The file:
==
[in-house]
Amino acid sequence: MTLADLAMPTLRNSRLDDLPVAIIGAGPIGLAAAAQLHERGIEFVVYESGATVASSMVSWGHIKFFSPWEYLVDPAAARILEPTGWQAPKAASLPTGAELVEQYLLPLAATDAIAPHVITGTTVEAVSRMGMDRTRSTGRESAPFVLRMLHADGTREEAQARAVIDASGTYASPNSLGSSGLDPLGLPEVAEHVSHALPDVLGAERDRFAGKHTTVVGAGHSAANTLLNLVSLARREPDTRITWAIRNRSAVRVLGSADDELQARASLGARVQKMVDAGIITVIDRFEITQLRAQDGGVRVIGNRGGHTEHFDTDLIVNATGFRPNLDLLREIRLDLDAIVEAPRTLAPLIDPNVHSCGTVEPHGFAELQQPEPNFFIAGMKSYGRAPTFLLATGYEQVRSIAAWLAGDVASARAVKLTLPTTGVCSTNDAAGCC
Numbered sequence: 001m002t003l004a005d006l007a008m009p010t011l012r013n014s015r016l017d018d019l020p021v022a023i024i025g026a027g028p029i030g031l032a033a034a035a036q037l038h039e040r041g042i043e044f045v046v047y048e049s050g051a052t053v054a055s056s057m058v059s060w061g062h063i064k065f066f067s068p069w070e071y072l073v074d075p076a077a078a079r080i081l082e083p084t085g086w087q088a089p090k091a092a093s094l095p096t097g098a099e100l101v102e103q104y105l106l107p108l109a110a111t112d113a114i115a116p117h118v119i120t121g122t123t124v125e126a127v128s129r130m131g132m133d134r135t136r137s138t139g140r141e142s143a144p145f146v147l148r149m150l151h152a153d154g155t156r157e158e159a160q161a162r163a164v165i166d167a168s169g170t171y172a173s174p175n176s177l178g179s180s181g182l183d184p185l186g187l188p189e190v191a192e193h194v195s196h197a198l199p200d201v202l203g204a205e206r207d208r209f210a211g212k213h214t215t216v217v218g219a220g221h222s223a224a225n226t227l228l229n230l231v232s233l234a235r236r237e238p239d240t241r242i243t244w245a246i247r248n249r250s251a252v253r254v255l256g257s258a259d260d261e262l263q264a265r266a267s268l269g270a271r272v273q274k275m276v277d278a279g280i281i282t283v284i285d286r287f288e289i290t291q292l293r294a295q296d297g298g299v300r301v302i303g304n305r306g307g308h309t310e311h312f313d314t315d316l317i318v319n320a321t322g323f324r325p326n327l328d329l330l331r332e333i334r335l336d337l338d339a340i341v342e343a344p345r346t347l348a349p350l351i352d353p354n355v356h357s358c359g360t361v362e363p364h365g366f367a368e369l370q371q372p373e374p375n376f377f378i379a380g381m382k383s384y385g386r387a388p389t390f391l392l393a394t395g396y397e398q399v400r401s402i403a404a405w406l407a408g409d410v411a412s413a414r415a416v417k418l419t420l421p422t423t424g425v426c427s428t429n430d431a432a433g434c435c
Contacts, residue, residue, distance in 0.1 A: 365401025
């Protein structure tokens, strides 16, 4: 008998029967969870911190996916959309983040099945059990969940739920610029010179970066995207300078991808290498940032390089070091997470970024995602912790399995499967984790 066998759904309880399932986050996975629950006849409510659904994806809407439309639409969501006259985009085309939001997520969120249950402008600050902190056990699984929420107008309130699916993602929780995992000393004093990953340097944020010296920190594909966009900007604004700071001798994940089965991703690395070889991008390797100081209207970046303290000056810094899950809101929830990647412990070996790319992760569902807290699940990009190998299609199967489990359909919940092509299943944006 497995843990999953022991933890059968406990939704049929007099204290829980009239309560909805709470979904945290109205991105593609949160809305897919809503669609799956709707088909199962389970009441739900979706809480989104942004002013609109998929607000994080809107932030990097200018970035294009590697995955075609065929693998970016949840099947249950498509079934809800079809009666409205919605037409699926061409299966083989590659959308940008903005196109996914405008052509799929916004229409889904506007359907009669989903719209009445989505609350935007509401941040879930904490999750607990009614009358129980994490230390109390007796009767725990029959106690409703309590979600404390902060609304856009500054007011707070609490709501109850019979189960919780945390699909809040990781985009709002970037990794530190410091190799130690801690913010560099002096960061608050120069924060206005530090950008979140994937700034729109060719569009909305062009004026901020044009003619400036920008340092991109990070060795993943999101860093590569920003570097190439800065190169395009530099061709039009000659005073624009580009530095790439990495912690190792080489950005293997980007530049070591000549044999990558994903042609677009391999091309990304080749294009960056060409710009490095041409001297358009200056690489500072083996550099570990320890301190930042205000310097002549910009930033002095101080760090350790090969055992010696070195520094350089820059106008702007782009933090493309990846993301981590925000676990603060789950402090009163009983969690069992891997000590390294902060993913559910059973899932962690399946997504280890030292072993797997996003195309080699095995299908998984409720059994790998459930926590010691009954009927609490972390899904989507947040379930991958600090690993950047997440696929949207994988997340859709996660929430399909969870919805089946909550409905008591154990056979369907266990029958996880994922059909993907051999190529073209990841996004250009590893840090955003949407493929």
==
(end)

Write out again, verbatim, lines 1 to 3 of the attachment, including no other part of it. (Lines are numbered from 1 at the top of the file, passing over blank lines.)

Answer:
[in-house]
Amino acid sequence: MTLADLAMPTLRNSRLDDLPVAIIGAGPIGLAAAAQLHERGIEFVVYESGATVASSMVSWGHIKFFSPWEYLVDPAAARILEPTGWQAPKAASLPTGAELVEQYLLPLAATDAIAPHVITGTTVEAVSRMGMDRTRSTGRESAPFVLRMLHADGTREEAQARAVIDASGTYASPNSLGSSGLDPLGLPEVAEHVSHALPDVLGAERDRFAGKHTTVVGAGHSAANTLLNLVSLARREPDTRITWAIRNRSAVRVLGSADDELQARASLGARVQKMVDAGIITVIDRFEITQLRAQDGGVRVIGNRGGHTEHFDTDLIVNATGFRPNLDLLREIRLDLDAIVEAPRTLAPLIDPNVHSCGTVEPHGFAELQQPEPNFFIAGMKSYGRAPTFLLATGYEQVRSIAAWLAGDVASARAVKLTLPTTGVCSTNDAAGCC
Numbered sequence: 001m002t003l004a005d006l007a008m009p010t011l012r013n014s015r016l017d018d019l020p021v022a023i024i025g026a027g028p029i030g031l032a033a034a035a036q037l038h039e040r041g042i043e044f045v046v047y048e049s050g051a052t053v054a055s056s057m058v059s060w061g062h063i064k065f066f067s068p069w070e071y072l073v074d075p076a077a078a079r080i081l082e083p084t085g086w087q088a089p090k091a092a093s094l095p096t097g098a099e100l101v102e103q104y105l106l107p108l109a110a111t112d113a114i115a116p117h118v119i120t121g122t123t124v125e126a127v128s129r130m131g132m133d134r135t136r137s138t139g140r141e142s143a144p145f146v147l148r149m150l151h152a153d154g155t156r157e158e159a160q161a162r163a164v165i166d167a168s169g170t171y172a173s174p175n176s177l178g179s180s181g182l183d184p185l186g187l188p189e190v191a192e193h194v195s196h197a198l199p200d201v202l203g204a205e206r207d208r209f210a211g212k213h214t215t216v217v218g219a220g221h222s223a224a225n226t227l228l229n230l231v232s233l234a235r236r237e238p239d240t241r242i243t244w245a246i247r248n249r250s251a252v253r254v255l256g257s258a259d260d261e262l263q264a265r266a267s268l269g270a271r272v273q274k275m276v277d278a279g280i281i282t283v284i285d286r287f288e289i290t291q292l293r294a295q296d297g298g299v300r301v302i303g304n305r306g307g308h309t310e311h312f313d314t315d316l317i318v319n320a321t322g323f324r325p326n327l328d329l330l331r332e333i334r335l336d337l338d339a340i341v342e343a344p345r346t347l348a349p350l351i352d353p354n355v356h357s358c359g360t361v362e363p364h365g366f367a368e369l370q371q372p373e374p375n376f377f378i379a380g381m382k383s384y385g386r387a388p389t390f391l392l393a394t395g396y397e398q399v400r401s402i403a404a405w406l407a408g409d410v411a412s413a414r415a416v417k418l419t420l421p422t423t424g425v426c427s428t429n430d431a432a433g434c435c